Just before leaving, he gave it back to Mom. He had painted in a Design with Black Ink, and then he varnished the whole damn thing. When looked at with the right attitude, the Design was quite rude.
That loaf graced our Dining Room table for years, with only the occasional lick of varnish.
If one looks at Beneteaus from my Boat's era, there always seems to be a loaf of bread on the Table in the Advertisements. Hmmm...




Now, look again at the Photo above. The Bookshelves. One strong gust, the Boat heels, and whatever is in them gets launched. I'm using Bungee Cords for the time being. The obvious solution is to make up some Lee Cloths, but then nobody can see my ...peculiar... tastes in Literature. Many use netting, but that always tangles in whatever is coming purposefully out.
OK, how about this? Lee Cloths, but with the centers cut out and clear Vinyl stitched in? I've replaced UV browned rear windows in Brit Car convertible tops before. It's not difficult.

¬erindipity
 

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I bought an old Kenmore sewing machine and watched videos and basically taught myself the basics of how to sew. My first project was to put two zippers in the sides of my mainsail cover to make room for the Dutchman flaking system. They certainly aren't perfect but I'm probably the only one who will notice. The canvas shop wanted $165.00 to put them in. Materials were about $20.00 and I paid 90.00 for the sewing machine. I'm planning on tackling a few projects over the winter. I like your line bags. Might be my next rainy day project. Cockpit cushion recover will be the big project this winter but I think the Admiral will actually help with that one!
Cheers!
OL1
 

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Beyond The Pale
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"Ladies" Harrumph!

I like to hear the man's side of sewing. You must have learned to fix everything with grommets like my husband did in boy scouts.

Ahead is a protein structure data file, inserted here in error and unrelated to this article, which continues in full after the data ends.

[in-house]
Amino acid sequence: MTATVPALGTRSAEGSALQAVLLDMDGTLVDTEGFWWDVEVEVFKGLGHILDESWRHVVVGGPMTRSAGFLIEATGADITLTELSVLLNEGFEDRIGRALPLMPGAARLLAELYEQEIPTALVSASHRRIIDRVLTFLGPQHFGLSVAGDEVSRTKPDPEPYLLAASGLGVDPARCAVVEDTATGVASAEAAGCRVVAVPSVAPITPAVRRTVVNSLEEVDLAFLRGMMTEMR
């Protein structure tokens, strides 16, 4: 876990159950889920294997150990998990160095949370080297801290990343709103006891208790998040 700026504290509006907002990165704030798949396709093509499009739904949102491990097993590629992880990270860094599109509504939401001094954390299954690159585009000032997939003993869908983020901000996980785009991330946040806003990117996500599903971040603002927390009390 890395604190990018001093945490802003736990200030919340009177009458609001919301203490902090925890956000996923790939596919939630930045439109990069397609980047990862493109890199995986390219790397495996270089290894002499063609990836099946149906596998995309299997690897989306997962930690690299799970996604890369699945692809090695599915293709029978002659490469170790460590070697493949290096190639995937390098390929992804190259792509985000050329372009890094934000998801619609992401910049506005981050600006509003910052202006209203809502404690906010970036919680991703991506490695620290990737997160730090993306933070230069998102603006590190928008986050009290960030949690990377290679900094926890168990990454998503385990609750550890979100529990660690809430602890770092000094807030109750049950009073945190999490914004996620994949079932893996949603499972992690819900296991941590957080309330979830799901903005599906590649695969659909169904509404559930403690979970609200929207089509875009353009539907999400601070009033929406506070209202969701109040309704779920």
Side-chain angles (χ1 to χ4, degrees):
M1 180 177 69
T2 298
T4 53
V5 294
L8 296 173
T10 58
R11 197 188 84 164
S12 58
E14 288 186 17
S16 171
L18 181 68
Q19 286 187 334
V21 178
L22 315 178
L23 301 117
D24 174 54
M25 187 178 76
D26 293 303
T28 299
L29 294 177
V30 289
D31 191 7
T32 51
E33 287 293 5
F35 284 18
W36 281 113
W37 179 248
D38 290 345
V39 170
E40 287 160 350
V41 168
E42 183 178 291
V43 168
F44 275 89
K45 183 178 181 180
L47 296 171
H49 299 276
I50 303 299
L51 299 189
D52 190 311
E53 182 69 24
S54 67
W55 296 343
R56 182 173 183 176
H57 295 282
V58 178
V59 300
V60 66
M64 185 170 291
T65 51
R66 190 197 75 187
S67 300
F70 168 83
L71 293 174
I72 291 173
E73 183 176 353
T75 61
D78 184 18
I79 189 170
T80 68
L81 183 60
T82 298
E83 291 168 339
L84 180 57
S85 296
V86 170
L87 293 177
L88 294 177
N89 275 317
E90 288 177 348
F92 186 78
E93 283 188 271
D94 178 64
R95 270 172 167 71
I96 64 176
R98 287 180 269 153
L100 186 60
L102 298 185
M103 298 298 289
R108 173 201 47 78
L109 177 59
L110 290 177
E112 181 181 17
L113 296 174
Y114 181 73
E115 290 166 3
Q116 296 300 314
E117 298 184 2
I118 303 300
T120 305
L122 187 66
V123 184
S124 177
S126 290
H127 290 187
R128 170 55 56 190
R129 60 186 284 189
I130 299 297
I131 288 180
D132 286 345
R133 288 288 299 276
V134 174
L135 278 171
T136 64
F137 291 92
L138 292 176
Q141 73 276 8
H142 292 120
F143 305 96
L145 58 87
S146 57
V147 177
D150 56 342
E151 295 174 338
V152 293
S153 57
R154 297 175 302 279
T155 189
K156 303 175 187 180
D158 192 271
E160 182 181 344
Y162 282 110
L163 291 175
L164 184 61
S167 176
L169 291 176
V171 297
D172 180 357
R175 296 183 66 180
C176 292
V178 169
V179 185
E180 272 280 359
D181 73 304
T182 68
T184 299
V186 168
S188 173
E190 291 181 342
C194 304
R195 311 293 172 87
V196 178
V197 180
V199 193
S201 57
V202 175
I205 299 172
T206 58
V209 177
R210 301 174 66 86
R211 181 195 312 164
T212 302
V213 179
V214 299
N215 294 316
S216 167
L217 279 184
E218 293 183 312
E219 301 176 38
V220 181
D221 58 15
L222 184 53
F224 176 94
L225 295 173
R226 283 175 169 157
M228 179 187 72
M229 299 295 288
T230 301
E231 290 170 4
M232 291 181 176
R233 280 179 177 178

I must say can't argue with what works.
I'm sorry, it's actually my fault for butting in. I just picked this topic up from the Recent Discussions sidebar.
I didn't notice the "herSailNet" designation.
I understand the reason for "herSailNet", and I agree with it.

That said...
I don't use Grommets for everything. I also use Tie-Wraps, Velcro, and Cyanoacrylate Glues. The most delicate Sewing job that I ever did was on what's called a LEED Gradient Mesh. (I used a Microscope, and Gold thread the thickness of a hair. Overhand knots.)
I can sew. I can also Cook. One friend who recently got married mentioned that he finally found the perfect partner- a Caterer. He was spending a kilobuck or so every month just in sit-down Restaurants alone.
Now he lives on leftovers.

OK, I'm out. (I hope that some had a giggle or two.)

¬erindipity
 

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A guy here. Things I've sewn: main and jib from Sailrite kits, jib bag from scratch, main sail cover again from scratch, winch covers, hatch cover, trailer winch cover, grab rail covers, hats. Yes, hats. I have sewn 3 so far, one for me and two for my grandkids. Cushion covers. Hats are pretty easy.
 

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You have very fair prices on your Etsy shop by the way. I like the line bags, by the way don't let the puppies sit on the lines when out sailing, as if you have to make an emergency jibe/tack they could get hurt or thrown overboard. And they are way too cute to let that happen!

Ideas(assuming you are thinking of your esty shop:
Covers for fenders. (use a soft fleece material)
Winch covers
covers made for hand rails and other exterior woodwork.
inflatable boat chaps.
Boom shade awnings.

If you have a reasonably large marine market locally boat cushions are always a big item. They buy the materials and pay you for labor, so you don't even have to keep much inventory.

If you have a machine that can do it, personalize is always profitable as well.
 

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While it seems that the male gender has defended itself already, I will add about 90% of the canvas shops I know are staffed with men. They seriously get into talking sewing machines too. Just saw a guy the other day that was drooling over some machine he might be able to get. It's as ironic as considering cooking a woman's domain, when most top chefs are male. It's only recently that enrollment at the top culinary schools are 50/50.